The Problem of Hatred
Ed.’s Note: One might expect a father to be pleased when one of his children does well. Surely, this father is. Below please find an essay written by Diana Miller Aldrich, who is a blogger, homemaker, wife, mother, and student pursing a Master of Arts in Public Policy, online.
Completing an assignment for her “Conflict and Communication” class, Diana wrote the essay below in response to the article: “Hatred’s End: A Christian Proposal to Peacemaking in a New Century, by John Dawson,” which is chapter 12 in the textbook, “Forgiveness and Reconciliation,” by Helmick and Petersen, Eds.
There is a problem of hatred in the world today. Hatred exists because the world is comprised of human beings all given to the emotions of “envy, fear, and contention” (Helmick and Petersen, 2001, p. 234). Hatred often results from suffering some form of hurt and it is “impossible to have lived without being hurt” (Helmick and Petersen, 2001, p. 230). The church is not immune from hurting others and is itself often divided, something called “sectarian division” (Helmick and Petersen, 2001, p. 236). Hurts caused by Christians can hurt the most because individuals “anticipate Christ-like behavior” (Helmick and Petersen, 2001, p. 230) from other Christians.
Understanding the power of the cross and Christ’s sacrifice, a Christian should “take up the cross and apply it to his or her own identity” (Helmick and Petersen, 2001, p. 232). In this way Christians strive to fulfill the words of John 17:23, “I in them and you in me, that they may become perfectly one, so that the world may know that you sent me and loved them even as you loved me.” The author believes in a church-based reconciliation model that emphasizes confession, repentance, reconciliation and restitution (Helmick and Petersen, 2001, p. 236). The author concludes a need for radical action. One example is that the author, a white man, moved himself and his family into a predominately African-American community. While he strongly believes in the need for radical actions such as this, he acknowledges the “journey as a reconciler may be very different” (Helmick and Petersen, 2001, p. 239) for different individuals.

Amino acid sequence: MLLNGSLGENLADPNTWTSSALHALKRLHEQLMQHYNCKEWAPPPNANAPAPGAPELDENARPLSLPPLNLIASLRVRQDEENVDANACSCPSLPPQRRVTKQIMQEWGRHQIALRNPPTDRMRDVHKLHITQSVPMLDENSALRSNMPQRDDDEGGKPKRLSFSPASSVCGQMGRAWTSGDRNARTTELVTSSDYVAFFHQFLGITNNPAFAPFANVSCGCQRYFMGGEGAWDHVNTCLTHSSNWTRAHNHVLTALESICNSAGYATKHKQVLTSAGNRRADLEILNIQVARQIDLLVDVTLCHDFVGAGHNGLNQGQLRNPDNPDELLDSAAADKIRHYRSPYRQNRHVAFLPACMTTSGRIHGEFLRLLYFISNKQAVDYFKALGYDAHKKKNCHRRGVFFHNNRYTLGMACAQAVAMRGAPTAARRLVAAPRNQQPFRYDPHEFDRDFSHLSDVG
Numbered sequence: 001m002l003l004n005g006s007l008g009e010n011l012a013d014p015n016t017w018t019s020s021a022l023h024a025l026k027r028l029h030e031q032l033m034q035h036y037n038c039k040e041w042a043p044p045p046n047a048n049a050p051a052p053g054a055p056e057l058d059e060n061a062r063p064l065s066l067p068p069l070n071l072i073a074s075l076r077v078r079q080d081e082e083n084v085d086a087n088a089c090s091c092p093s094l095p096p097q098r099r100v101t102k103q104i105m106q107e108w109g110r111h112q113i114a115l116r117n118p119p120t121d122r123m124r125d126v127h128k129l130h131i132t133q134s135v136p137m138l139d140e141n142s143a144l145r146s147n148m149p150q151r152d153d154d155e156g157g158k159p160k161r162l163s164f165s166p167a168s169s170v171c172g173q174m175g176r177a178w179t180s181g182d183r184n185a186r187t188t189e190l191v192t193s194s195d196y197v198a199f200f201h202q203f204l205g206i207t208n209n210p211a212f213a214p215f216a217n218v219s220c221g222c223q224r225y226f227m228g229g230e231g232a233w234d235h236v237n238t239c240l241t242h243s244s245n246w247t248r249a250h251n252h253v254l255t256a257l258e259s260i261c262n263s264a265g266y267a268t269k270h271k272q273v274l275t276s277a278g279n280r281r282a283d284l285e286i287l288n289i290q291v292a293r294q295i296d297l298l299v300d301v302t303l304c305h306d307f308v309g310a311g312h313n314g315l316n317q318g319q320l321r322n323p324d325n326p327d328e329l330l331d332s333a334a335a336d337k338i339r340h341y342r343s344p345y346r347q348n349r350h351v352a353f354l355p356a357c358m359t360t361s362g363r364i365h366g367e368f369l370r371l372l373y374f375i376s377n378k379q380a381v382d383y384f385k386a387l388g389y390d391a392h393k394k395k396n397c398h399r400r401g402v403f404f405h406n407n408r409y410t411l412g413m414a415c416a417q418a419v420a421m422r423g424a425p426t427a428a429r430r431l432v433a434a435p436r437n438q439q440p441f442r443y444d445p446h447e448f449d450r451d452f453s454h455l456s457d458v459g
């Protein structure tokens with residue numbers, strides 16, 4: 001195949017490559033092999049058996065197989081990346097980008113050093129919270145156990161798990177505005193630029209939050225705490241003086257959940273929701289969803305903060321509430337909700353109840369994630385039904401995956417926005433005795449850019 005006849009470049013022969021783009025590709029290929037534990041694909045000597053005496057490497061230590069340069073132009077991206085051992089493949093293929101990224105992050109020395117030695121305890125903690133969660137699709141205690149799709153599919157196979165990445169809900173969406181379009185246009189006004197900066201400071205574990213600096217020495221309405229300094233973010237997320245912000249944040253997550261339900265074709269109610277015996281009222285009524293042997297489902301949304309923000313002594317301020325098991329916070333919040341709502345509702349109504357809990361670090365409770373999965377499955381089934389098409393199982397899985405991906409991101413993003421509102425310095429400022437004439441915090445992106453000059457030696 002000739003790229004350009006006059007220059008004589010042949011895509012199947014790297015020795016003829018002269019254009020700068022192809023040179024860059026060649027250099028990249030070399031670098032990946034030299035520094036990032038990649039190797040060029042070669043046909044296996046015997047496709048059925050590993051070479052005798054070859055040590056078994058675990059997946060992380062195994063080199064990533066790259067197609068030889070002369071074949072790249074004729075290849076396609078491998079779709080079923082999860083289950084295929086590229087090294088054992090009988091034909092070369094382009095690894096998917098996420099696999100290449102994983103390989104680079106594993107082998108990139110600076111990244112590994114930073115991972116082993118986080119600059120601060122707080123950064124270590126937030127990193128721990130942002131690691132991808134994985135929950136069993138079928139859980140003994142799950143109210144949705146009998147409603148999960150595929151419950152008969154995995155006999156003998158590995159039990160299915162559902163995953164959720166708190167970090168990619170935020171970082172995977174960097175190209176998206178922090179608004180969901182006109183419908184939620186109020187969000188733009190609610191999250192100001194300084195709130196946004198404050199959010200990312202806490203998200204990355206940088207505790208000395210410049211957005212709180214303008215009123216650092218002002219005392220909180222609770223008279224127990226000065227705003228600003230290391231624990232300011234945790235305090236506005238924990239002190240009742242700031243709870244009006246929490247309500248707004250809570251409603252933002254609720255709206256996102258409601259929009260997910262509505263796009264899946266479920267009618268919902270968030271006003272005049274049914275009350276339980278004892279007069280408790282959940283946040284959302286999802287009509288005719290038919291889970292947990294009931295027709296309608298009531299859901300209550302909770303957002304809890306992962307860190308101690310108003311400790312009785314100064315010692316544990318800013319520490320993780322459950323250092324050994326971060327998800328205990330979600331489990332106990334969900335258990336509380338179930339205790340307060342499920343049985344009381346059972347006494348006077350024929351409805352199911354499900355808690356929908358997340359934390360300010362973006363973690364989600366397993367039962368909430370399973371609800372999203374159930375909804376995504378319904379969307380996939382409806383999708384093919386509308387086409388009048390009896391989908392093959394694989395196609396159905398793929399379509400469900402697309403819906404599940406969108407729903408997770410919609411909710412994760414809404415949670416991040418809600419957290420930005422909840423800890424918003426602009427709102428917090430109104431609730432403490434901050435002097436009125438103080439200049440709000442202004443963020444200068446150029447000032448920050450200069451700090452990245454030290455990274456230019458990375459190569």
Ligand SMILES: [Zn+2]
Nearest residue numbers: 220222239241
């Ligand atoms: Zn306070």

Two of the article’s weaknesses involve the idea of a third-party reconciler (Helmick and Petersen, 2001, p. 242) and the reference to “the sins of the land” (Helmick and Petersen, 2001, p. 237). There has already been a third-party reconciler named Jesus, and a greater reconciler will never exist. It is doubtful a fallen and sinful human can duplicate the “genius of the cross” (Helmick and Petersen, 2001, p. 242), unless Mr. Dawson is appealing to the idea that we be “imitators of God” (Ephesians 5:1). Explanation is needed in describing how individuals “in no way guilty for the sins of his or her ancestors” (Helmick and Petersen, 2001, p. 237) can “confess the sins of the land” (Helmick and Petersen, 2001, p. 237).
By echoing the ideals of empathic communication strategies, the author’s ideas contribute to conflict management. Reconciliation will fail if it is made to be mechanical (Helmick and Petersen, 2001, p. 244) and reconcilers are encouraged to exhibit empathy in that they “study the other party and respond appropriately” (Helmick and Petersen, 2001, p. 244). This is the “first step … to make an effort to understand the other individual” (Borisoff and Victor, 1998, p. 54). If it is true that “the feeling of being heard is so close to the feeling of being loved that most people cannot tell the difference” (Cahn and Abigail, 2014, p. 82), then the Christian employing this communication strategy has come that much closer to loving others as Christ first loved us.
(Ed.’s Note: Based on content alone, one can discern why the essay is worthy of public consumption.)
Borisoff, D. & Victor, D. (1998). Conflict Management: A Communication Skills Approach. Needham Heights, MA: Allyn & Bacon.
Cahn, D. & Abigail, R. (2014). Managing Conflict Through Communication. Upper Saddle River, NJ: Pearson Education, Inc.
Helmick, R. & Petersen, R. (2001). Forgiveness and Reconciliation. Radnor, PA: Templeton Foundation Press.